1) As I was doing my blogging rounds, I started to come across a lot of interesting links about first chapters, lines, and pages. As usual, the thing that I wasn't supposed to be doing? Yeah, that's what I was doing.
According to pretty much every article I read, (and I think there were about 5), you shouldn't start your story explaining your setting, you should start it off with the character performing some sort of action. Whether your character is having a conversation, going for a drive, hiding a dead body, whatever, starting with action will make readers feel like they are a part of it and will make them want to read on to see the action through. (Which of course will be followed by more amazing, mindblowing prose.)
Because my first 3 pages were more setting focused and then the action started happening, I cut the first three pages and pasted them in another amazingly super fitting spot. My story is so much more interesting now. Seriously, if you are reading your first few pages and find they're about 5% action and 95% description. Change it. You might find your descriptions fascinating, but your new readers won't. They'll get bored, fall asleep, and drool all over your lovely novel before putting it aside to read something that keeps moving.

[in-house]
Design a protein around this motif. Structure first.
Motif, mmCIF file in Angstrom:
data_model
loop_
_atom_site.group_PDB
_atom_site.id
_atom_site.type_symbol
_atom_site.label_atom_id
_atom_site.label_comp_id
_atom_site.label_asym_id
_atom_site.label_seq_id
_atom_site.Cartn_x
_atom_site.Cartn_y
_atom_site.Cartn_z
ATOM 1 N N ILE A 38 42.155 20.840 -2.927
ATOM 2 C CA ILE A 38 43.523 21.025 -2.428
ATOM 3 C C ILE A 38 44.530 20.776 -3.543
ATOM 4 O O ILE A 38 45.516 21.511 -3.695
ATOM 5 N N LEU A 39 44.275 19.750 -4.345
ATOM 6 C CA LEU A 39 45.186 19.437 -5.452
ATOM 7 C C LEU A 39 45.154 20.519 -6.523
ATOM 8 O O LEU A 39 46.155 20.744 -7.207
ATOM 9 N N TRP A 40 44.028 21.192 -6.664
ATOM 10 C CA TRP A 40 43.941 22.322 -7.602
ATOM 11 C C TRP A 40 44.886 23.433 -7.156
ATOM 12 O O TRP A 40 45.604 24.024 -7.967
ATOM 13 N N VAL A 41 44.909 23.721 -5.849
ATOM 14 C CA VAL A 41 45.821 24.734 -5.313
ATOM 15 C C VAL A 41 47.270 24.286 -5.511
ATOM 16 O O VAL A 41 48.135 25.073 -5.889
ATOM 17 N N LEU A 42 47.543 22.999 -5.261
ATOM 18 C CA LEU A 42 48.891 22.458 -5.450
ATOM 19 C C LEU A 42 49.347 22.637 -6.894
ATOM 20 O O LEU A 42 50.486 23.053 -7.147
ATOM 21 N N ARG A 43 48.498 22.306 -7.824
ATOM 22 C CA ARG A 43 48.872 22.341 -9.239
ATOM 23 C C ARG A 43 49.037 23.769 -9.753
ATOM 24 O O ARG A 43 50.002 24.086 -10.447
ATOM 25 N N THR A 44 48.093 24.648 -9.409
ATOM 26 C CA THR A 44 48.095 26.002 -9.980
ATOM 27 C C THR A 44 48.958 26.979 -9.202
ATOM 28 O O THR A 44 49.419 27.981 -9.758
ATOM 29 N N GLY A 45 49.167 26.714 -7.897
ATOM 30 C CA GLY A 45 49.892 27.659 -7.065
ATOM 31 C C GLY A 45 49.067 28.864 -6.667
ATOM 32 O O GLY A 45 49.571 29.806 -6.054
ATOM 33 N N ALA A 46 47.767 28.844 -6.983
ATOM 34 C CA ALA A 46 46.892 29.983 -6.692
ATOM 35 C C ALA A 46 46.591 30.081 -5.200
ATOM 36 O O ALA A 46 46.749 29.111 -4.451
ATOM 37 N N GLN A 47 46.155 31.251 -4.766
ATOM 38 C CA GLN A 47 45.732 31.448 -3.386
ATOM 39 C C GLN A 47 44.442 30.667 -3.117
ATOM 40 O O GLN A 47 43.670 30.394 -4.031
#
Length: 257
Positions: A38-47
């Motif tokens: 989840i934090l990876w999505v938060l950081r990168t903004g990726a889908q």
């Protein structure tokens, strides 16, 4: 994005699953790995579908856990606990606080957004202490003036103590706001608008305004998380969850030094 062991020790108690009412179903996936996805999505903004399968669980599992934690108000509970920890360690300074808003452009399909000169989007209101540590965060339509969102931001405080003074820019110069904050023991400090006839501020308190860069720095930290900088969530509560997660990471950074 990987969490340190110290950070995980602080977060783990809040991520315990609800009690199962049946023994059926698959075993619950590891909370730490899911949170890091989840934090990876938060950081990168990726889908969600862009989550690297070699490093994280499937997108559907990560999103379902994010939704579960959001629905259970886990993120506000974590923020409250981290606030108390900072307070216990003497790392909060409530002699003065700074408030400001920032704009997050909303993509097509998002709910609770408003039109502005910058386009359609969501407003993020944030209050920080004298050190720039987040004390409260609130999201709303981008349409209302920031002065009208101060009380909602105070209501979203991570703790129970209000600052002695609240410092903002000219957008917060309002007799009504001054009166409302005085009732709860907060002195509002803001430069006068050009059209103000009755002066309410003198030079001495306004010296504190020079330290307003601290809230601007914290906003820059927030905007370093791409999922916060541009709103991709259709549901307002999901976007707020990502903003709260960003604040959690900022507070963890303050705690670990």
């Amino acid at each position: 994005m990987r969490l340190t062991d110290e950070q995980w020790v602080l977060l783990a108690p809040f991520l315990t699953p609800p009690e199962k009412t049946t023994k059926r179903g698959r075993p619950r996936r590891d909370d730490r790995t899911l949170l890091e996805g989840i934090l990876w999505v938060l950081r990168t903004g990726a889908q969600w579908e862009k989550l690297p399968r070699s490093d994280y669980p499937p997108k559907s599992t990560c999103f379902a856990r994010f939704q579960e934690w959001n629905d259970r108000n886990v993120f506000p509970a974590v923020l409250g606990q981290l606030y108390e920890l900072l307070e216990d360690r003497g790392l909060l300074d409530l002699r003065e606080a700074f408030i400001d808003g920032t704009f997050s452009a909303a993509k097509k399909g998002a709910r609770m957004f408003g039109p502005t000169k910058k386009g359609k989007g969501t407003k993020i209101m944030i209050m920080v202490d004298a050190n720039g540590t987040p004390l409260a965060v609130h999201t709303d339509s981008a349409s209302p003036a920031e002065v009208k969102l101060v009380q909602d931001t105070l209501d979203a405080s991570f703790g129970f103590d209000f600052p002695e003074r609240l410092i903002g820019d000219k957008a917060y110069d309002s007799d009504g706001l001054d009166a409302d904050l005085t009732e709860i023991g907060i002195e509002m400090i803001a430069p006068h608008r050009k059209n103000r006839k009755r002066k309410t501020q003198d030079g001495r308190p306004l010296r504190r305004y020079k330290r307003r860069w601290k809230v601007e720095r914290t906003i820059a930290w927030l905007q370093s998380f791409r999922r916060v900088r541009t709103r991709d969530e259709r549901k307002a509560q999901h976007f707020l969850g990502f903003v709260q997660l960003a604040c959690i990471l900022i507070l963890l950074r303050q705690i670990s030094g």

I also like to think about it this way: You know when you have 5 minutes of free time and your best buddy wants to tell you some very important anecdote about some irritating Starbucks barista and she spends the first 3 minutes setting you up for the confrontation and you just want her to get there already?! Yeah, that's how the reader feels about your first chapter.
For an article about agents pet peeves regarding first chapters visit: 8 Ways to Write a 5 Star Chapter 1 (and while you're at it, go to http://www.writersdigest.com/ to subscribe to the e-newsletter I got it from.)
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can trust writers. Rather than selling us something, they are exploring
something; rather than dominating us, they are opening